Education support professionals can plan an “Eat Real” menu to feature local fruits and vegetables and highlight new healthy food options. In the long term, it also means tackling the institutional racism that causes the excessive exposure of Black and Brown Americans to toxic air and water. “How dare you poison our children?” demands Flint teacher Darlene McClendon. This year’s students are less attentive than previous groups and “when you ask them a question, it’s gone like you didn’t teach them anything,” says McClendon worriedly. It supports the federal Smart Snacks in Schools nutrition standards as well as state and local efforts to create healthy school food environments. We even had a waiting list.” For Litton, the list of successes will keep growing with continued investment from the district and involvement from the schools’ families. A pastor told the New Yorker it got so stinky he stopped using it for baptisms.

For other neighborhood schools in East Nashville, the fight for the right resources will continue. There is also a commitment at Litton to teacher development. At the same time, Virginia Tech researchers found that at least a quarter of Flint households had water that exceeded regulatory limits for lead. Though not out of the woods until student achievement rises, the organizing efforts at Inglewood seem to be working. The following day the entire student body will get a chance to sample what was made, Krist says. Organized by the Center for Science in the Public Interest, Food Day is a national grassroots campaign and for healthy, affordable and sustainable food that takes place annually on October 24.

So what did they do to make sure their voice got heard? Organize! At two recent meetings with ASD leaders at Madison and Neely’s Bend, parents packed the room to praise their neighborhood schools and denounce hostile charter takeovers. Every sign seems ominous. “Are we going to die?” is an actual question that students ask their teachers in Flint. General Motors complained the water was rusting their auto parts. Students help maintain school gardens and engage in cooking activities and nutrition lessons through a partnership with the schools and FoodCorps, says Chelsea Krist, service member of the Des Moines FoodCorps. It’s resources like this that can turn a school around rather than seeking a non-existent silver bullet solution. “Give us two years to work with these extra resources we just got,” said Rider, adding that nobody has a right to make a decision until they spend a day at the school to see how hard the educators are working for their students.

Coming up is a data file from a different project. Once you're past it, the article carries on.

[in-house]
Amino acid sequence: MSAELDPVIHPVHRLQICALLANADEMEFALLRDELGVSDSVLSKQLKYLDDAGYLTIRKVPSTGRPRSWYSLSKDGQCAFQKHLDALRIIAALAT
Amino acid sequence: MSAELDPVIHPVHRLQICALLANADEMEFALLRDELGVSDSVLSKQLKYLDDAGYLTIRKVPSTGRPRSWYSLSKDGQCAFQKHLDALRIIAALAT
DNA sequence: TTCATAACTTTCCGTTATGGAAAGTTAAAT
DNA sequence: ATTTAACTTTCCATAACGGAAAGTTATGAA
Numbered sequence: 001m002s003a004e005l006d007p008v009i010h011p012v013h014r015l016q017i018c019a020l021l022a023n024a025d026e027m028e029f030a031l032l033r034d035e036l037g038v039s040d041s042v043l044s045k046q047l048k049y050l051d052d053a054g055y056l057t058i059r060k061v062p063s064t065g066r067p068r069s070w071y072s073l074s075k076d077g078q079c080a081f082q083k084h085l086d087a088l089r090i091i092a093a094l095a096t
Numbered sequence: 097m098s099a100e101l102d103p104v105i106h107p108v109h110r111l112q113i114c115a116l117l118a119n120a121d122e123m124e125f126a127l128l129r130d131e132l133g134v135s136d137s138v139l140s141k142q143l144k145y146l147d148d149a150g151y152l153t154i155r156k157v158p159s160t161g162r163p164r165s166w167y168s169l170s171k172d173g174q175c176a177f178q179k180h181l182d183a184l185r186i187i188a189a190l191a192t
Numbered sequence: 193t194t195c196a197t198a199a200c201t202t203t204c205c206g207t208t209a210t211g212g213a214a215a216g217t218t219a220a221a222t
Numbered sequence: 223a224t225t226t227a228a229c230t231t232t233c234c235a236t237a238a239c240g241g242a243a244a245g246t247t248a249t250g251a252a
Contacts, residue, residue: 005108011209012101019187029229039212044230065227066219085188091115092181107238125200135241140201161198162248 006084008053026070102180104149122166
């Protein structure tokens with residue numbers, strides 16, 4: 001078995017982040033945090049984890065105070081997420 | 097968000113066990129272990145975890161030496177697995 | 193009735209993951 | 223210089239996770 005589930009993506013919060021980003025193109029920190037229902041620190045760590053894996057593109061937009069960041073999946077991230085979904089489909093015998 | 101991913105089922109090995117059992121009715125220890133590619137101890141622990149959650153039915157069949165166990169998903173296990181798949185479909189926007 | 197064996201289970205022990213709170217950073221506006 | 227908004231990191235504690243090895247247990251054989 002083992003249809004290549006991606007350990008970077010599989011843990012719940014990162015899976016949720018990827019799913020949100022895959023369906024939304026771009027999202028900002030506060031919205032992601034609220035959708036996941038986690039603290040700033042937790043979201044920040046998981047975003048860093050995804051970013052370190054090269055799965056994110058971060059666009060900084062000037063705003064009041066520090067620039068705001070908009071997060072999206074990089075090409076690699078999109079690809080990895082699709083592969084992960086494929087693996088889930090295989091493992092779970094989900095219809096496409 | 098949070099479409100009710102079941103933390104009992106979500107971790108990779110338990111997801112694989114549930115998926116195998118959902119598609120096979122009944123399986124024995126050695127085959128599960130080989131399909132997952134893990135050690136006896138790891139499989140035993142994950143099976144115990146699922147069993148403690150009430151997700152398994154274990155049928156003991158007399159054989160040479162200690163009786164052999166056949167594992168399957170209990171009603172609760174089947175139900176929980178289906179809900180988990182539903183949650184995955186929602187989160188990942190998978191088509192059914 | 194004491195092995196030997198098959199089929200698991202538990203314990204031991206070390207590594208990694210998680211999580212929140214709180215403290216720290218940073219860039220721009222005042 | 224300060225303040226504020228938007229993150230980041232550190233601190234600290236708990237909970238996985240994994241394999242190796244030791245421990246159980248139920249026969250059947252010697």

But there is something to be optimistic about. “The conversation here is changing to ‘how can we improve things for kids,’” said Croft. “Instead of talking about other things in politics, they are talking about education.”   Two elementary schools in East Nashville are being considered for charter conversion, including Inglewood where Lily visited today. Also, the Bag the Junk project is a website that aims to educate, mobilize and empower school communities in support of healthy foods. In the short term, this means NEA members will fight to hold accountable those who are responsible for poisoning some 8,000 Flint children, and press Congress to make critical investments in nurses, counselors, nutritional programs, and special education supports in every Flint school, says United Teachers of Flint President Karen Christian. In Des Moines, Iowa FoodCorps will celebrate Food Day by spotlighting some of the weekly programs it carries out in several schools. While one measure of progress may be student achievement data, for 6th grade reading teacher Ashley Croft, another telling measure is that “for the first time ever, every time slot for parent-teacher conferences was filled this year.